Usually around this time of year, single people are busy swiping away on Tinder ($MTCH), the current leader when it comes to dating apps. Historically (at least in its relatively short history), winter is a good time for Tinder and other dating apps.
It's called "cuffing season," and it's known as those cooler months when people tend to look for a companion to nuzzle up to in their warm nests. In the past couple years, this has resulted in a slight rise in dating-app activity that we've covered in the past.
But this year, something is amiss. Usage on Tinder is slumping even as we enter the heart of cuffing season.
Tinder usage rank via Facebook login
One could explain this as user disdain for Facebook ($FB). That's because the data we track here comes from Facebook login token rankings that Facebook publishes as a way for developers and marketers to track the relative performance of their apps on the platform.
As people learn more about the sketchy ways that Facebook has handled personal data — especially when it comes to third-part apps — it's possible that they've moved away from using Facebook login.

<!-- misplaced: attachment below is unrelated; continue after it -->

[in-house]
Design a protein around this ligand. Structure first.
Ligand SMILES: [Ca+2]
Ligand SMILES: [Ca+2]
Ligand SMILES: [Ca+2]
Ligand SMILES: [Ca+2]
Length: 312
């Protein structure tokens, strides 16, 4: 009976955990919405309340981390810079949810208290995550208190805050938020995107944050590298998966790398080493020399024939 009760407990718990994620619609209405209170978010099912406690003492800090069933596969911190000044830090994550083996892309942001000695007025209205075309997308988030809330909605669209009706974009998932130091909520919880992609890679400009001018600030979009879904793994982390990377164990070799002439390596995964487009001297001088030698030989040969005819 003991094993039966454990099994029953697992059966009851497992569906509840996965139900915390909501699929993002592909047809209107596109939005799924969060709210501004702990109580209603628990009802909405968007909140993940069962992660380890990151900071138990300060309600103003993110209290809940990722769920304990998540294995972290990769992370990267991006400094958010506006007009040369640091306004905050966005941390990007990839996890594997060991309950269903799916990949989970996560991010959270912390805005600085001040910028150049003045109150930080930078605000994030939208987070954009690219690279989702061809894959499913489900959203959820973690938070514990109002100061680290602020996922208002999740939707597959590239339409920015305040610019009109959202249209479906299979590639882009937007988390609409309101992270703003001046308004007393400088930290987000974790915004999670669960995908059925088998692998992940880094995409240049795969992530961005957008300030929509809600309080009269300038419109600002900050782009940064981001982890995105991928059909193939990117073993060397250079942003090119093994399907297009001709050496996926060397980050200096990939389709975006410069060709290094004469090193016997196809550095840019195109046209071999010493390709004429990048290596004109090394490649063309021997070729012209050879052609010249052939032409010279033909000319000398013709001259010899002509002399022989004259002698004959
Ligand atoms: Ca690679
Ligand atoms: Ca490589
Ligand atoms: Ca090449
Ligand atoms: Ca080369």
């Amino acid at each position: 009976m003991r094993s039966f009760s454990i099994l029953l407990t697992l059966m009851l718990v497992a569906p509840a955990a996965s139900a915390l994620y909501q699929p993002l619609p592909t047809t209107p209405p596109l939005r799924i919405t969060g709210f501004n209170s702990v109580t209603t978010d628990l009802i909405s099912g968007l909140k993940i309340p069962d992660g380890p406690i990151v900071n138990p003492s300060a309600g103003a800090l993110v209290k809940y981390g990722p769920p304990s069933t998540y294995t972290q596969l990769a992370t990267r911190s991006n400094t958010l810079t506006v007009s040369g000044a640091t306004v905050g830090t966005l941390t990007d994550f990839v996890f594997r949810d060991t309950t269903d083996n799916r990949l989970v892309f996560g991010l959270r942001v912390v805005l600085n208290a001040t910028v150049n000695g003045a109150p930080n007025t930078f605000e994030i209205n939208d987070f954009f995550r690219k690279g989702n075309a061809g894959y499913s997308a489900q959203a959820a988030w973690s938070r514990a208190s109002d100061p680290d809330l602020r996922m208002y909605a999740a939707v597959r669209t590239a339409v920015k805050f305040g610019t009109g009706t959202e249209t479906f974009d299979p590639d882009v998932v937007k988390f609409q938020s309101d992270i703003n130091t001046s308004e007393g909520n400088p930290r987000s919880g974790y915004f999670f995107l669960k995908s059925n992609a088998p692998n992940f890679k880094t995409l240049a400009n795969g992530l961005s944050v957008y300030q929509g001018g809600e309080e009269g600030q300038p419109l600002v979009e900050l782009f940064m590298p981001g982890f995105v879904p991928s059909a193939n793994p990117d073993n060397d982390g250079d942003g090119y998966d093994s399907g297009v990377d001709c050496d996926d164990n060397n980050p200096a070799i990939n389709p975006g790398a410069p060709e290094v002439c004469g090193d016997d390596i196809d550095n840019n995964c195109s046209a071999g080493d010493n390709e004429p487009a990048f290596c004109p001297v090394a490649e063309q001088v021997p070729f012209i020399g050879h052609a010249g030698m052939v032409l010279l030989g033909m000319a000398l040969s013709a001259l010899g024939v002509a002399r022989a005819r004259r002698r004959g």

And keep this in mind: Tinder was the app that made Facebook login a thing. That's because when Tinder came out, Facebook login was required as a way to thwart bad actors on the platform.
But that wouldn't explain Tinder's very-recent best-summer ever, when it spent several weeks in July and August as Facebook's 2nd-most popular app. In fact, Tinder's app ranking has sunk 3 points — from 9 to 12 — since November. At this time last year and the year before it, Tinder saw a noticeable lift in December.
So is it just Tinder, or the dating app world in general?
It's possible that we're simply seeing a lull in dating apps — and Facebook login — in general. But when we look at usage rank data for Bumble, the popular alternative to Tinder, we don't see a noticeable drop in usage. Instead, we see a healthy jump in rank in November as we enter the holidays followed by a consistent user rank since.
Are singles dumping Tinder?
Before we cast off Tinder as yesterday's news, let's be clear: Tinder spent almost all of 2016, 2017, and most of 2018 as a top-ten app via Facebook login usage rankings. That's nothing to sneeze at. But the latest microtrend has sent the app out of the top-ten during a season that's usually very good for dating apps. That's akin to a florist experiencing poor sales around Valentine's Day.
Are dating apps like night clubs, perhaps? A night club is only as good as the A-listers that show up in its VIP lounge. Similarly, a dating app is only as good as the people looking to swipe. If Tinder is indeed seeing a lull in activity, users will drop off exponentially only to look for the next best thing.